Partial Anomalous Pulmonary Venous Return Repair

Partial anomalous pulmonary venous return repair surgery is often, but not always necessary to treat PAPVR.

Blood flows through the lungs to exchange oxygen and carbon dioxide in the blood.  After leaving the lungs, blood flows through the pulmonary veins back to the left atrium of the heart. Partial anomalous pulmonary venous return (PAPVR) occurs when some, but not all, of the four pulmonary veins carrying blood from the lungs don’t connect with the left atrium.

There are many variations of this congenital (present at birth) heart defect. The anomalous (abnormal) vein or veins may connect to various structures, such as the superior vena cava, inferior vena cave, right atrium, or even other veins in the body.

Your child’s doctor may hear a heart murmur during a routine checkup and refer you to a pediatric cardiologist. Our specialists will use sophisticated tools such an echocardiogram — much like an ultrasound — to see your child’s heart structure in greater detail and confirm the diagnosis.

Norton Children’s Heart Institute, affiliated with the University of Louisville, is the leading provider of pediatric heart care in Louisville and Southern Indiana.

The Society of Thoracic Surgeons has ranked Norton Children’s Heart Institute’s pediatric heart care among the best in the region. With our network of remote diagnostic and treatment services in Kentucky and Southern Indiana, your child can stay close to home for quality care.

The board-certified and fellowship-trained specialists at Norton Children’s Heart Institute have the experience and skill to diagnose PAPVR and design a customized treatment plan for your child.

Many, but not all, children with this condition will need partial anomalous pulmonary venous return repair surgery. If only one pulmonary vein is anomalous, it may not cause issues. Surgery can be put off until the child is bigger and older. However, if two veins drain into the right side of the heart, creating more work for the right side, the right side may enlarge, or dilate. This can cause various problems, including heart failure or dysrhythmias. Children with this issue will need surgery earlier in life. PAPVR often combines with other conditions, especially atrial septal defects. When all of the veins don’t connect to the left atrium, the condition is called total anomalous pulmonary venous return (TAPVR).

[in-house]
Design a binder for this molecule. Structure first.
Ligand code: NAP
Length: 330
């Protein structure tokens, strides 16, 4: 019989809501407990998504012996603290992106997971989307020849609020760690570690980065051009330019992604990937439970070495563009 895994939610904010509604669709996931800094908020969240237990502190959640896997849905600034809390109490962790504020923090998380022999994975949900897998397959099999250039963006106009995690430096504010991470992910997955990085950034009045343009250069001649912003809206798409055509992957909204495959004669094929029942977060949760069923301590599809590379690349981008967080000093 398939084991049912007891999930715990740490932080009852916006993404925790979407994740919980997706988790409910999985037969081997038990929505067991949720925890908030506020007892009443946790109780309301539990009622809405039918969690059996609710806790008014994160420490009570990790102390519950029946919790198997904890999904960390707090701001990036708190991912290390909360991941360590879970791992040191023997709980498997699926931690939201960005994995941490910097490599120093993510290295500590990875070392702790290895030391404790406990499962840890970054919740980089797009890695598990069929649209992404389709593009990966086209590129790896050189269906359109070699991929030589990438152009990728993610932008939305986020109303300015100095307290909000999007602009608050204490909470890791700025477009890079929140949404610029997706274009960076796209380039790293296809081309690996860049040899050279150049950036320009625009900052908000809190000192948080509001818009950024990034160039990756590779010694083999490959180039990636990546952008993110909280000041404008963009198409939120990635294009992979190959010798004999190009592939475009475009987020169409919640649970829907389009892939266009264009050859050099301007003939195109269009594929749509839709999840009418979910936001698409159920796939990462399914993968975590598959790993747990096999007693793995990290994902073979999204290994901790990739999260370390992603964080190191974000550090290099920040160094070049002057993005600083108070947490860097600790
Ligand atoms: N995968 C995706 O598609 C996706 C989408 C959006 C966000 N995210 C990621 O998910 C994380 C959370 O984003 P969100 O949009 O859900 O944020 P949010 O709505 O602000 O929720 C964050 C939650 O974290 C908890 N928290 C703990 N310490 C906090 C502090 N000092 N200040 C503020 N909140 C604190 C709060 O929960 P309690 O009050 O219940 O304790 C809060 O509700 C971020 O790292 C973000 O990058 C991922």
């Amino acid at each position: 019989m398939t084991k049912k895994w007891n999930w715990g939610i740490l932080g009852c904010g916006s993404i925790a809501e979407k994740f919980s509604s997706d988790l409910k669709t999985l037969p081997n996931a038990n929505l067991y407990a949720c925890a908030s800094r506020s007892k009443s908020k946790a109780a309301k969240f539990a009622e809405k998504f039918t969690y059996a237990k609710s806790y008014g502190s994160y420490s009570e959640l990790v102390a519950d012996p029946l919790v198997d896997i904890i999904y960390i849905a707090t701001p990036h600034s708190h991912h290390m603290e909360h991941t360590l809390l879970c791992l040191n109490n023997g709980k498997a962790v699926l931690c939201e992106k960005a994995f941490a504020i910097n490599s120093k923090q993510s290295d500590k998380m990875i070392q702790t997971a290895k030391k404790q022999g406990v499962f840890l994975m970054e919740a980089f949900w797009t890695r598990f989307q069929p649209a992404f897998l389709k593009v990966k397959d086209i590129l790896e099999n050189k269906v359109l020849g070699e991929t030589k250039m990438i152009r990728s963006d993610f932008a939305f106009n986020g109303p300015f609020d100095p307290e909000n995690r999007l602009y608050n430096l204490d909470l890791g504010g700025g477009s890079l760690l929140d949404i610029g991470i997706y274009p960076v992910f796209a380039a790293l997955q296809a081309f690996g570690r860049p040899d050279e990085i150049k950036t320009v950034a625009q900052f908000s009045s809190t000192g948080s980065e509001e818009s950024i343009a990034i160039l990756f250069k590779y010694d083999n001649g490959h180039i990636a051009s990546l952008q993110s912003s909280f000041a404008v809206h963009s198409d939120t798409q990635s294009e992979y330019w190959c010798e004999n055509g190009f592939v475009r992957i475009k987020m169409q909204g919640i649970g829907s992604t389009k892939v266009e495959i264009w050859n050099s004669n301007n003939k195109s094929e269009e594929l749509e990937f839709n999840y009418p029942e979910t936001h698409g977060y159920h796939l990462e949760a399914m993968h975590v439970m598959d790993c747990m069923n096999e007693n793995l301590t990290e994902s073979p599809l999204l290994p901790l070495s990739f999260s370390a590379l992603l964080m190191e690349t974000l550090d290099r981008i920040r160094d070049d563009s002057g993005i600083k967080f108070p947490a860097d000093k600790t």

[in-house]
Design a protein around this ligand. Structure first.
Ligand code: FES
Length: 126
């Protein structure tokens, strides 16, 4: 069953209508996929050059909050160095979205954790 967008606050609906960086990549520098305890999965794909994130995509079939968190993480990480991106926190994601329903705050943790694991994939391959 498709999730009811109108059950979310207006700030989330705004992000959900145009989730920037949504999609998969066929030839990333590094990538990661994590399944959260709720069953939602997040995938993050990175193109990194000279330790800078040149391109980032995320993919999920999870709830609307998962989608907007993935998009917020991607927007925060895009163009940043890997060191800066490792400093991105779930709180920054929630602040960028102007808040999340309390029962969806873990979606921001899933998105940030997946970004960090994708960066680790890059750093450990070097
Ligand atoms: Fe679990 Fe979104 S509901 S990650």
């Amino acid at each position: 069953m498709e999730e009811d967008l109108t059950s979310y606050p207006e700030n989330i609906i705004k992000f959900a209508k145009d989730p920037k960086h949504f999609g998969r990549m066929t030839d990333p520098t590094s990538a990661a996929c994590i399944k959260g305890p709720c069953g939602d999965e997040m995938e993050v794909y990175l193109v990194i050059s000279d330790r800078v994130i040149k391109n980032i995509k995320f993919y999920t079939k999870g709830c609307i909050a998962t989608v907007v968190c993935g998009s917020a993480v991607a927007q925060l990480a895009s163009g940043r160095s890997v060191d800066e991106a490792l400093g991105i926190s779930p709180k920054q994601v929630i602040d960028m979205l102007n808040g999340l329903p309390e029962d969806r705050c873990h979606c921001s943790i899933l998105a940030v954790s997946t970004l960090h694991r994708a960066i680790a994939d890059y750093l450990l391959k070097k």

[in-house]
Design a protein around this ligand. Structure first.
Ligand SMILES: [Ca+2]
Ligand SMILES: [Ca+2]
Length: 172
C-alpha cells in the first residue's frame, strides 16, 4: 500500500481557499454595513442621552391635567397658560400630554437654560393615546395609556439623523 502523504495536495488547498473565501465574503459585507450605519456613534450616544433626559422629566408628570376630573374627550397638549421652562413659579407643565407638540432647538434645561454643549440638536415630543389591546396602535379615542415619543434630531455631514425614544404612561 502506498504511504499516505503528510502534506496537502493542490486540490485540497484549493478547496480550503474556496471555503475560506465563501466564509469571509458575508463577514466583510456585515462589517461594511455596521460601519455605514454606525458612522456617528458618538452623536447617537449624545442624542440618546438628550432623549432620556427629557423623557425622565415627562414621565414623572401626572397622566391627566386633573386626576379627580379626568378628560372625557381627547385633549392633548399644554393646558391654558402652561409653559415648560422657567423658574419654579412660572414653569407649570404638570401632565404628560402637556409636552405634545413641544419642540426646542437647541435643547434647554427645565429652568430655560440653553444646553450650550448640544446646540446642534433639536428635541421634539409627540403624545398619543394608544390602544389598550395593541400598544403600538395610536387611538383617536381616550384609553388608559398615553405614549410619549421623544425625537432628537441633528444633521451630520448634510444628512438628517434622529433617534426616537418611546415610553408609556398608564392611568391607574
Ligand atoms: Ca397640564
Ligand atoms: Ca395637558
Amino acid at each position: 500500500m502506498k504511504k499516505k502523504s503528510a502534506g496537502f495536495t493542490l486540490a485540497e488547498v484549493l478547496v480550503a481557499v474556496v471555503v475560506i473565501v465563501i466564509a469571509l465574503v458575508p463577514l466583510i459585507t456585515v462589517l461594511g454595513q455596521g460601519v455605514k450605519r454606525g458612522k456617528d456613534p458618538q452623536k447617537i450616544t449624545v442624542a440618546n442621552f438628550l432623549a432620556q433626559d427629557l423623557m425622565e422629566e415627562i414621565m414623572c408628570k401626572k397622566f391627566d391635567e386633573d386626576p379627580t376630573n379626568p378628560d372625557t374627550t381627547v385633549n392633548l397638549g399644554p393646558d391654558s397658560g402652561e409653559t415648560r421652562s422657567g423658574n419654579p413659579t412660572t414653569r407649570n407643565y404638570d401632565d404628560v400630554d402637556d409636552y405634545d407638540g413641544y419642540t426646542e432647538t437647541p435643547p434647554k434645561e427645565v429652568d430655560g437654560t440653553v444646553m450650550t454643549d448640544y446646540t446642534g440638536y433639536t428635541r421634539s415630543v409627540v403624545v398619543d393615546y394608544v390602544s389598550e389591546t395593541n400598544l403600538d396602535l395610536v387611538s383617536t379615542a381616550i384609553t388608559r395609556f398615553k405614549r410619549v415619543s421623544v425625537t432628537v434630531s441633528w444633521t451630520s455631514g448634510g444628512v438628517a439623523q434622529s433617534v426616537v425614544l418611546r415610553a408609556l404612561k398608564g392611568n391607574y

In a partial anomalous pulmonary venous return repair, Norton Children’s Heart Institute pediatric cardiothoracic surgeons typically will perform some combination of disconnecting and reconnecting the veins. The surgeon also may construct a patch to redirect the oxygen-rich blood from the pulmonary veins to the left atrium.

Norton Children’s Heart Institute specialists expect children who have had surgery to correct PAPVR to live long and active lives after their repair.

Why Choose Norton Children’s Heart Institute

No other congenital heart surgery program in Kentucky, Ohio or Southern Indiana is ranked higher by the Society of Thoracic Surgeons than the Norton Children’s Pediatric Cardiothoracic Surgery Program.

  • Norton Children’s Hospital has been a pioneer in pediatric cardiothoracic surgery, performing Kentucky’s first pediatric heart transplant in 1986 and becoming the second site in the United States to perform an infant heart transplant.
  • Our board-certified and fellowship-trained pediatric cardiovascular surgeons are leaders in the field as clinicians and researchers.
  • More than 5,000 children a year visit Norton Children’s Heart Institute, affiliated with the University of Louisville, for advanced heart care.
  • Norton Children’s Heart Institute successfully performs more than 17,500 procedures a year.
  • The Society of Thoracic Surgeons ranked Norton Children’s Heart Institute among the best in the region after studying years of our patients’ outcomes and our ability to handle a range of pediatric heart conditions, including the most severe.
  • Norton Children’s Heart Institute has satellite outpatient centers in Bowling Green, Frankfort, Owensboro and Paducah; 28 tele-echocardiography locations in Kentucky and Southern Indiana; and six fetal echocardiography locations across Kentucky.
  • The American Board of Thoracic Surgery has certified the cardiothoracic surgeons at Norton Children’s Hospital with subspecialty certification in congenital heart surgery.
  • The Jennifer Lawrence Cardiac Intensive Care Unit is under construction to give our patients the most advanced cardiac intensive care unit available.
  • Our multidisciplinary approach to pediatric heart surgery brings together our specialists in cardiothoracic surgery, cardiology, anesthesiology, cardiac critical care and other areas to create a complete care plan tailored for your child.
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